Tomorrow marks the beginning of the end for mobile roaming charges in Europe, as fees are dramatically slashed. Starting 30 April, you'll pay significantly less when staying in touch with the folks back home, as new regulations come into force that will eventually see roaming charges abolished altogether by June 2017.
The changes will come as good news to anyone who's inadvertently run up hefty mobile bills on holiday and will see the cost of using your phone aboard slashed by up to 75%. Here's what else you need to know about the changes:
How much will roaming cost?
Under the new laws, you will be charged the same rate as you would in your home country, with foreign mobile operators only able to charge travellers in the EU an additional fee up to €0.05 (3p) per minute for calls, €0.02 (1p) for texts and up to €0.05 per megabyte of mobile data.
What do I need to do?
Nothing. You don't have to change SIM cards or call up your provider. As you land in your European destination your phone will automatically jump on that country's network carrier (as you will have seen last time you went on holiday) but now, instead of sweating over how much a call to the motherland will cost, it's a far fairer fee.
What network do I need to be on?
The new EU roaming laws are applicable to all networks. Whether you're on Vodafone, EE, Virgin, O2 or any other provider, you will be charged the same. Users on Three's network have benefited from its 'Feel at Home' international roaming charge-free scheme for years and while this new ruling might make other carriers as attractive, it's worth noting this is only in European countries.
Three customers can still use their phones, for the price they would at home, in other foreign countries including Australia, Hong Kong and the USA for no extra fee, while other operators offer the same deal but at varying bolt-on prices.
What countries will this work in?
As mentioned, this is a European Union ruling - meaning it will be applicable to all countries within the EU and not ALL countries in Europe. Those not in the EU will not offer lower-priced roaming fees, so watch out. However, Iceland, Liechtenstein and Norway are included for being part of the European Economic Area.
What if my SIM is not from Europe?
If you're using a SIM card bought from non-European countries, such as the USA, your network won't come under the same banner. This ruling is for European operators only, so international network providers will maintain their own roaming tariffs.
What happens if there is a Brexit?
At the moment it is believed consumers would still benefit from the fee-free roaming charges should Britain decide to leave the EU. Culture minister Ed Vaizey was quoted as saying: "If the referendum were to go that way and we were to withdraw from the European Union, I still think that British consumers would benefit. Norway, for example, is not a member of the European Union, but it will benefit from this package as it is a member of the European free trade area."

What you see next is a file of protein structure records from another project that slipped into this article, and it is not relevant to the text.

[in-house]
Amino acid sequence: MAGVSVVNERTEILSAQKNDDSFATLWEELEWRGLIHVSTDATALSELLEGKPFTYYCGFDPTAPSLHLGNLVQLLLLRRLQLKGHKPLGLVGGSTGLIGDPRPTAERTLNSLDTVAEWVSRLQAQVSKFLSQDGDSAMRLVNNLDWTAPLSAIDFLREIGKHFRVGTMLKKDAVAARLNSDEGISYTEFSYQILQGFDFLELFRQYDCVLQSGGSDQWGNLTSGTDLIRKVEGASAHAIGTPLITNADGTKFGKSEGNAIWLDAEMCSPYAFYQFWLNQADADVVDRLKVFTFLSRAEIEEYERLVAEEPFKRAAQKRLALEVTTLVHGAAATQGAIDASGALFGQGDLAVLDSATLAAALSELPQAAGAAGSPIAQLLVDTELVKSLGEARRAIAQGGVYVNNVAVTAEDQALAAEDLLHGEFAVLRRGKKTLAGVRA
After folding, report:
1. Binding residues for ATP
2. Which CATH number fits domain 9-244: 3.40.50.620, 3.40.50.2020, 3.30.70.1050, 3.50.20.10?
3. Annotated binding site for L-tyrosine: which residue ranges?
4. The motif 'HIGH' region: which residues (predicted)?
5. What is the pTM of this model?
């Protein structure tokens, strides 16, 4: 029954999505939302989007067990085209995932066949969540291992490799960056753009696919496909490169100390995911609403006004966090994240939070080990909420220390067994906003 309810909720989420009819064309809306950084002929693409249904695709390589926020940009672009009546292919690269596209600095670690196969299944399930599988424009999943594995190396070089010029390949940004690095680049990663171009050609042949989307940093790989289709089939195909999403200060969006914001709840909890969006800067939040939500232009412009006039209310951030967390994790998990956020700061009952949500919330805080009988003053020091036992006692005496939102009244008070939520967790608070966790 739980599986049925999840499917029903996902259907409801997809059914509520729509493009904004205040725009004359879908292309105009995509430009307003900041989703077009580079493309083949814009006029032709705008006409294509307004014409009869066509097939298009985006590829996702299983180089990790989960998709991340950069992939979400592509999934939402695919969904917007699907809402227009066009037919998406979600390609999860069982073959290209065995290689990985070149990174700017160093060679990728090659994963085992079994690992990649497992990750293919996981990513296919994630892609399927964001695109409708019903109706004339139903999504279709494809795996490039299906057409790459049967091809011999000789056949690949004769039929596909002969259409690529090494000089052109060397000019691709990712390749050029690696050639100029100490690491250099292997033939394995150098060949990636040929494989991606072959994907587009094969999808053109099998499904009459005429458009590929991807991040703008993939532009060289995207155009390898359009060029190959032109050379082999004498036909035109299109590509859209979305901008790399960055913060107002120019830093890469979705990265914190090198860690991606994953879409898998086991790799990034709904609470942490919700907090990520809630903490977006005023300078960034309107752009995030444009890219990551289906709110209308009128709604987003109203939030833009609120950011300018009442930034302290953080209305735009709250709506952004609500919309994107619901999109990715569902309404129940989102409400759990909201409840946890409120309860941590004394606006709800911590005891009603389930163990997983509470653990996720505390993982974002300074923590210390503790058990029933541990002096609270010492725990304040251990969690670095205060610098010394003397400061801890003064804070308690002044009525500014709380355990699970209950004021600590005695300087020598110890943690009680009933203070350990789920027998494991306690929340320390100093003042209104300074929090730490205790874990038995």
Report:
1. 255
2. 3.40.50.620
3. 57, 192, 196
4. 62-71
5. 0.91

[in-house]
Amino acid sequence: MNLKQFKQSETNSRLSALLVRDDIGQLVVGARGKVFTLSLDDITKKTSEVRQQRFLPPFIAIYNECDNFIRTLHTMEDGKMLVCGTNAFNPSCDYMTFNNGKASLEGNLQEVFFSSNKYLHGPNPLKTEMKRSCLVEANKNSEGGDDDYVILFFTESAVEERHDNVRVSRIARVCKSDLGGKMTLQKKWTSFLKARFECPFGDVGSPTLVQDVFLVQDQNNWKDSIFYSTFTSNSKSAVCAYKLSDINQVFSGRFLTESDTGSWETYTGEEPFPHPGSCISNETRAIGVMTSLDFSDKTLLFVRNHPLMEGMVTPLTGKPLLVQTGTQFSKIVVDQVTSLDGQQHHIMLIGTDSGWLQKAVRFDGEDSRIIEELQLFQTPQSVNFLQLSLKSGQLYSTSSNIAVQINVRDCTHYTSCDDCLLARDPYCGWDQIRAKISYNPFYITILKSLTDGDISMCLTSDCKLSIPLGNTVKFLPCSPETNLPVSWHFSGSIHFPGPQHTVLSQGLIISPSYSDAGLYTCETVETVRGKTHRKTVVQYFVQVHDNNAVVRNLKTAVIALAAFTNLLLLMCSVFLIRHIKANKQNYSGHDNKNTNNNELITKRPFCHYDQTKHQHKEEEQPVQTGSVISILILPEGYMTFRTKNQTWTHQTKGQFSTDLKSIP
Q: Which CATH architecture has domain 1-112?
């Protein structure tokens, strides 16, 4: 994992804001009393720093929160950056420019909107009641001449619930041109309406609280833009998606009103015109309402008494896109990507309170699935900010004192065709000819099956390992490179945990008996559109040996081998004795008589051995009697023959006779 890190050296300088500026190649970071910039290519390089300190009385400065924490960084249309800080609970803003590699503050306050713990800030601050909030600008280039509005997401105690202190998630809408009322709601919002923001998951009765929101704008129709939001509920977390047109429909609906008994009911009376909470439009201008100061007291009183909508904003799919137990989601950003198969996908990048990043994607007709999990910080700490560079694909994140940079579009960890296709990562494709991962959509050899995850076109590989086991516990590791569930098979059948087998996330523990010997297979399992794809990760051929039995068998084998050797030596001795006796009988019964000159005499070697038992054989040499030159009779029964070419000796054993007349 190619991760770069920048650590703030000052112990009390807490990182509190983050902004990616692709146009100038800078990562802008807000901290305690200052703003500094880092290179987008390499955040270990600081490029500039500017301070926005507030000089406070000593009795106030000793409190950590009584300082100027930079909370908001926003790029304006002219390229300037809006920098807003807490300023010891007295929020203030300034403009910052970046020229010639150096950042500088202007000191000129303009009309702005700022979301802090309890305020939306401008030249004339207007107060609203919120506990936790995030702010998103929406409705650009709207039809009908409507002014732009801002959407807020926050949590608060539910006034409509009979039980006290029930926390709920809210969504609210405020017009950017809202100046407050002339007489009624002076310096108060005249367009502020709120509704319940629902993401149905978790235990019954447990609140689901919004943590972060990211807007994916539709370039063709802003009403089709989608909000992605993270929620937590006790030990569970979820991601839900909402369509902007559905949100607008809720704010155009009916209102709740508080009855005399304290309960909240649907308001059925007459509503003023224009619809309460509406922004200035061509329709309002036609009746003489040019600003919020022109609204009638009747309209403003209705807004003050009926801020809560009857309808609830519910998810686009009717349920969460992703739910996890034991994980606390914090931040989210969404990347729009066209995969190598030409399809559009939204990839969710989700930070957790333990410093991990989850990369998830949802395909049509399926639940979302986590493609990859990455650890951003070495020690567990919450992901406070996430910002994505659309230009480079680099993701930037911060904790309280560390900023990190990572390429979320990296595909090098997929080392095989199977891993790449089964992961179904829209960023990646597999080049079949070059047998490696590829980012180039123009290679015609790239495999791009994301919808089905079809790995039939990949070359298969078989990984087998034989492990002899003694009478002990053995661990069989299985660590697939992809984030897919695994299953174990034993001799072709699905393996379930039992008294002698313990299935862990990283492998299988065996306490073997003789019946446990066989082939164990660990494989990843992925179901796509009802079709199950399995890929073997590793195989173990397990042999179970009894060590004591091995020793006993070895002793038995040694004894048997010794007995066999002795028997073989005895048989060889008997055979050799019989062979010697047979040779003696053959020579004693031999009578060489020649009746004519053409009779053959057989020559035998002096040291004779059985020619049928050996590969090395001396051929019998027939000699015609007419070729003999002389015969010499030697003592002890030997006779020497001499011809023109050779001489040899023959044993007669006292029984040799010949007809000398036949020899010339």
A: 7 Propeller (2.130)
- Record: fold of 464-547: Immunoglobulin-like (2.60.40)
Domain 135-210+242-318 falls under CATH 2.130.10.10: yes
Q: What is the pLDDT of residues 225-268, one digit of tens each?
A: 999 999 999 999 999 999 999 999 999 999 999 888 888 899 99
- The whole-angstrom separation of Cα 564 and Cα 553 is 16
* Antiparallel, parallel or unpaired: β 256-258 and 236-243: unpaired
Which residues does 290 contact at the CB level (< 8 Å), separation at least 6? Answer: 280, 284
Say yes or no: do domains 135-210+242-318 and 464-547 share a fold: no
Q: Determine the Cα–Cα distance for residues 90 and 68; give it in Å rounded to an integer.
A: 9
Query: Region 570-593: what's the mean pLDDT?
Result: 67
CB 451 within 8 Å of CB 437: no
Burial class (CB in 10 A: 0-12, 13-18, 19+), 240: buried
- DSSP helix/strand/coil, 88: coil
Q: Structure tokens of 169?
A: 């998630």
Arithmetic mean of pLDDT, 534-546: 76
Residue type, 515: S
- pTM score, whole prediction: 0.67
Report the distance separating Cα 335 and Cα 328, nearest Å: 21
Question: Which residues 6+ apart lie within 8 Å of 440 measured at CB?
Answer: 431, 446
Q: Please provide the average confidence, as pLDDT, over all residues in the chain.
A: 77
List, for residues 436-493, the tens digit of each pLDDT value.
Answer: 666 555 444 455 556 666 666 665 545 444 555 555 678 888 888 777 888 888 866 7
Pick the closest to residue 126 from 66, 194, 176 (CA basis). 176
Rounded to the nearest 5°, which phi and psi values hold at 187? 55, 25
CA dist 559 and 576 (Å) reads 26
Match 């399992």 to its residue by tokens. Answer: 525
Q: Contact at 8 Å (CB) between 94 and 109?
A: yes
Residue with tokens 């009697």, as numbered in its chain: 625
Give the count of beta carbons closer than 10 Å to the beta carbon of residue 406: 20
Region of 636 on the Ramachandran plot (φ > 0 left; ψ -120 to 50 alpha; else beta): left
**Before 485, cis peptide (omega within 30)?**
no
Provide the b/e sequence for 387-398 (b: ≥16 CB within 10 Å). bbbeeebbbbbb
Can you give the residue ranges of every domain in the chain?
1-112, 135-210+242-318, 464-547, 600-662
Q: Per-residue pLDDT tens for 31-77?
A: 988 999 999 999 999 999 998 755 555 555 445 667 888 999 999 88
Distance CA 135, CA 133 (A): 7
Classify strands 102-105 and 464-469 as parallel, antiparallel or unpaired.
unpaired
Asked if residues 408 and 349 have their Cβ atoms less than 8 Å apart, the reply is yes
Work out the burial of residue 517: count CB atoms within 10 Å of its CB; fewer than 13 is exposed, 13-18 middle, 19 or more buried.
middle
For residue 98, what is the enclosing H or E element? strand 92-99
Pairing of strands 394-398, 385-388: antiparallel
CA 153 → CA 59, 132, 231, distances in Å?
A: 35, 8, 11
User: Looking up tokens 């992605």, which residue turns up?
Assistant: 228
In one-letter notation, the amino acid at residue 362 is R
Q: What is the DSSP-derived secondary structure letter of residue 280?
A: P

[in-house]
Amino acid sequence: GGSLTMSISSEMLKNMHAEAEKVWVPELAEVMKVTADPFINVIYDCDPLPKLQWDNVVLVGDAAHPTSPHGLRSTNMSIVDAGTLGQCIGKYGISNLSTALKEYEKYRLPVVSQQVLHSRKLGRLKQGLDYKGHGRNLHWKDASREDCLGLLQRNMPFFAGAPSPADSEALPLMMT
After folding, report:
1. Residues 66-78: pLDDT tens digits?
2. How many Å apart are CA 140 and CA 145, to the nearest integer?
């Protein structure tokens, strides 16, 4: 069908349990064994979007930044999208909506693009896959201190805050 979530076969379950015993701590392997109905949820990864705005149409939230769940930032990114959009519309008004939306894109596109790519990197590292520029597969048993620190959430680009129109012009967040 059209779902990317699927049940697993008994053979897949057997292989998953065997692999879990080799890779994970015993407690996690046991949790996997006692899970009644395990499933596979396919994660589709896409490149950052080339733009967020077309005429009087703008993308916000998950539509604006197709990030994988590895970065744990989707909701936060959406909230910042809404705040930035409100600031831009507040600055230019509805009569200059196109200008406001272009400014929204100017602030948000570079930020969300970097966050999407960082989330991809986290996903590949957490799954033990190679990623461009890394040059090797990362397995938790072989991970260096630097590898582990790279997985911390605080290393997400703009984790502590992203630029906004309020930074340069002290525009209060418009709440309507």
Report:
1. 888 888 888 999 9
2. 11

Nothing is certain and it's likely to be up for debate.
Why is this happening?
All this is happening as part of Europe's Digital Single Market reform, an ambitious project to overhaul the continent's telecommunications market and address the plethora of problems preventing the EU from being a leading figure in connectivity. Also coming into effect tomorrow (30 April) are Europe's new net neutrality laws, under which internet providers will be required to treat all network traffic equally and not discriminate for commercial purposes, such as blocking or slowing down certain users or offering paid prioritisation to others.
Mobile roaming charges will the abolished entirely from 15 June 2017, meaning you'll be paying the same price to use your phone wherever you are in the EU. Three UK already allows customers to use their mobile phone abroad at no extra cost in 19 countries, meanwhile Tesco announced on 26 April that it plans to scrap roaming fees between 23 May and 3 September 2016.
How to keep roaming costs down
Until everything goes completely charge-free in 2017 there are a couple simple steps you can take to keep roaming costs down while travelling abroad.
- Disable data roaming. You can do this from the network settings within the main setting menu on your smartphone. Only re-activate this once you get back home, or if you really need to get online.
- Check your mobile provider's roaming fees before you leave. Is it cheaper to buy a SIM card while you're over there? Alternatively, some operators offer add-ons that allow you to use internet data overseas at a flat rate.
- Make use of Wi-Fi hotspots where you can. Most holiday destinations will have these set up at hotels, bars and restaurants. Just be careful not to log into public hotspots that aren't password-protected, as this allows hackers to spy on what you're doing.